Kings & Thievesposted on 11/2012 By:
In the past six months or so, Queensryche has made more headlines than in the previous fifteen years combined. Their anything-but-amicable split with thirty-year vocalist Geoff Tate resulted in a seemingly endless litany of “he said, we said” press releases and countering lawsuits, but amidst all the dedicated chaos, one fundamental truth remained: That band hasn’t released a good album since Promised Land in 1994, at the absolute latest. (There are plenty who discarded the band even earlier, with their 1990 commercial breakthrough, Empire, but this reviewer holds that album in higher esteem than many.) Though their 80s output is almost impeccable, Queensryche post-Empire meandered, lost focus, lost sight of the prog-meets-classic-metal brilliance that characterized their early sound in favor of middling modern rock.
There are those fans who blame the downward deviation upon the absence of longtime guitarist and songwriter Chris DeGarmo, and that’s somewhat true, though his presence didn’t salvage the mostly lackluster Hear In The Now Frontier, and his too-brief return didn’t bolster Tribe some six years later. And there are those who blame Geoff Tate – including the four members of the band who unceremoniously and publicly booted him earlier this year.
And Kings & Thieves might actually solve that argument. At the very least, it largely validates the claims of Mssrs. Wilton, Rockenfield, and Jackson that Tate’s creative direction was responsible for the last fifteen years’ worth of dreck.
Before we go any further, lest I be accused of any untoward bias, let me state this unequivocally: I love classic Queensryche. Operation: Mindcrime is a top-ten-of-all-time album for me, a desert island disc, with The Warning and the oft-disparaged Empire not far behind. Sequestered in my room in high school, listening to Mindcrime on endless repeat, I wanted to be Geoff Tate – his smooth, soaring voice is easily among the best in metal, ever, period, without a doubt. The man can sing. No one can ever deny that.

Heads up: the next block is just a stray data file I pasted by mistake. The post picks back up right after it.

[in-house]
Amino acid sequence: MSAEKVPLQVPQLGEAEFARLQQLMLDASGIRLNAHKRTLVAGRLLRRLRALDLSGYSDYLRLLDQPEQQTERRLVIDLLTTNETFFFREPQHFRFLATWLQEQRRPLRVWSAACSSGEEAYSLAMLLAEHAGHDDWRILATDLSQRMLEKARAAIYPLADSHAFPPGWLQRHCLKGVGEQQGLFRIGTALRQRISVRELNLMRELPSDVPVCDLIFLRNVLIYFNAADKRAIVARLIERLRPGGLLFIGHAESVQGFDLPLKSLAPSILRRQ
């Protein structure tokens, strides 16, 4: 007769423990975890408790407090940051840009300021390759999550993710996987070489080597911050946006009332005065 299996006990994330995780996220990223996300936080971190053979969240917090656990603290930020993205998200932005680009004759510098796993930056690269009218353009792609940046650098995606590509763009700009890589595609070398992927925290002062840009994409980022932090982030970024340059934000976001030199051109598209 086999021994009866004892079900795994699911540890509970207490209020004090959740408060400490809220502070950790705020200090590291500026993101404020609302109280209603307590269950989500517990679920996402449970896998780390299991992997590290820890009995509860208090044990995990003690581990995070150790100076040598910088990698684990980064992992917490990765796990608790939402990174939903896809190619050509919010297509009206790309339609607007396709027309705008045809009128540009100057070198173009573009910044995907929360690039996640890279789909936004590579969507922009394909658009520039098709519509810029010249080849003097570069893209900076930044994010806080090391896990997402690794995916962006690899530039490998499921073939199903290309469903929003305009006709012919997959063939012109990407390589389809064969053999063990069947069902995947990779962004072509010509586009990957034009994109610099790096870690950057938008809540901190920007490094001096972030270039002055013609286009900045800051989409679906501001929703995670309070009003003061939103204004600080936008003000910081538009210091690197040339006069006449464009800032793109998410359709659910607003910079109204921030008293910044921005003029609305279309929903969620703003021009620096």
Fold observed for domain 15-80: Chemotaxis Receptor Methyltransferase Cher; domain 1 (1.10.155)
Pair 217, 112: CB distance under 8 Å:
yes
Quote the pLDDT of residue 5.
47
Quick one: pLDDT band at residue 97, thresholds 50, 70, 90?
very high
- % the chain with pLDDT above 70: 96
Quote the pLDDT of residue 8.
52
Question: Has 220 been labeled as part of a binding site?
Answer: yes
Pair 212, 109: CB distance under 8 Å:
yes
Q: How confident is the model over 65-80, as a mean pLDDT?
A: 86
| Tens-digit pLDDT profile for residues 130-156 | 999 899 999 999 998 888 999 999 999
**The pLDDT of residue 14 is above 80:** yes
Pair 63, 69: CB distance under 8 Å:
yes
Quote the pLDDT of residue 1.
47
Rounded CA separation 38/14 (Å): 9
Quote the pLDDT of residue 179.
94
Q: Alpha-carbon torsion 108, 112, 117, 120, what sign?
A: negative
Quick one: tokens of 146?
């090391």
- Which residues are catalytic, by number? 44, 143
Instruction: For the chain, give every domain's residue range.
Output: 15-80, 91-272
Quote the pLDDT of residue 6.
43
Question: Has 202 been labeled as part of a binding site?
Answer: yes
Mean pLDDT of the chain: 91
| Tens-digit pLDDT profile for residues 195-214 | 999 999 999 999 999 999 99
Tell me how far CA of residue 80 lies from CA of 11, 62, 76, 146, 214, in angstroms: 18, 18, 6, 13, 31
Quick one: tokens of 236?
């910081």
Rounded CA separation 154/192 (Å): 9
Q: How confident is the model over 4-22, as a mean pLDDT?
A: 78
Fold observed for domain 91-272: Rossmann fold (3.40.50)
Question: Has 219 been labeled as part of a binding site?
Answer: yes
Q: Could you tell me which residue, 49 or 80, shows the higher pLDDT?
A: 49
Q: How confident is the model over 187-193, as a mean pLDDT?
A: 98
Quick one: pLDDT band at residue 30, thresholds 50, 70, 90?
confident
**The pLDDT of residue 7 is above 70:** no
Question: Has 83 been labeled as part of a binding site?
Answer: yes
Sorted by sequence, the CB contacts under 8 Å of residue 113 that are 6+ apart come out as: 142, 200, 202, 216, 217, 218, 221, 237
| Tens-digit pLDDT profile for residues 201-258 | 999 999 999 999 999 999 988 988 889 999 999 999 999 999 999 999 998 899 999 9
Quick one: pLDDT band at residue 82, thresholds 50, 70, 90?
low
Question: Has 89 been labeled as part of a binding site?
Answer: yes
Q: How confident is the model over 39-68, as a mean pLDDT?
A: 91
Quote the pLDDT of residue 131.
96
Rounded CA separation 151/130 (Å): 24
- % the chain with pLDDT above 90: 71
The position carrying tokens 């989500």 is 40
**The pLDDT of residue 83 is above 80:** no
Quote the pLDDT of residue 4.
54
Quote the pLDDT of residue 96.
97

But by the time of 2011’s Dedicated To Chaos, the ‘Ryche had become such a shadow of itself that longtime fans (like this reviewer) had almost no interest in any new material. Yet, "almost no" isn’t quite "none," and against all odds, I clung to hope that the ‘Ryche would right the wrong, and so I kept trying, but everything just got lamer and lamer. (Seriously, Dedicated To Chaos was so boring that I refused to even review it, and out of approximately 4000 albums, there are few worse records in my collection than their covers disc.)
Kings & Theives is Tate’s second solo effort, and it was not recorded with his all-star nouveau Queensryche (which includes former / current members of Quiet Riot and Ratt). Still, the result is what you’d think: Kings sounds like those last few ‘Ryche releases, which is to say that it’s entirely mediocre melodic rock with Tate’s distinctive vocals (though here as there of late, he avoids his higher register entirely). The man can still sing – but these tunes are, at best, lame, and at worst, awful. For examples of the former, witness the vast majority of the album, and then for the latter, I offer up the rap-boasting, utterly lame lyrics of “The Way I Roll,” which is just flat-out dreadful and includes declarations that Geoff is “rocking the mic” and he’s “the real deal, baby; [he] don’t fake that shit.” Still, a few complete-disaster mis-steps aside, most of Kings & Thieves’ failures fall in the mid-ground. Neither good nor bad, this just slides by in another fifty-plus minutes of Tate-fronted bland-rock boredom, same as Q2K (either version) or American Soldier or Chaos. There’s no riff, no melody, no anything that stands out positively – only a few bits that are just utterly ridiculous amongst the general background of uninteresting radio-rock.
I will forever hold Geoff Tate in high regard for his performances on albums now decades old – there is nothing that he or what’s left of the rest of the ‘Ryche could do that will taint Operation: Mindcrime for me. I know that grand statement is true because both parties have taken every opportunity they could to destroy their own legacy, including revisiting that landmark record in horrific fashion, and yet, even now, I still get goosebumps whenever I hear this: “I remember now... I remember how it started...”
But I also remember how it ended, and for Queensryche in either incarnation, it ended years ago. There are so many nails in this coffin that it’s highly likely no one could ever pry it open again, though, in the same spirit of last-ditch fandom that prompted me to pick up this disc, I will at least give a fair shake to the Todd LaTorre-fronted Queensryche and hope for the best.
But, at this point, really, is there anybody listening...?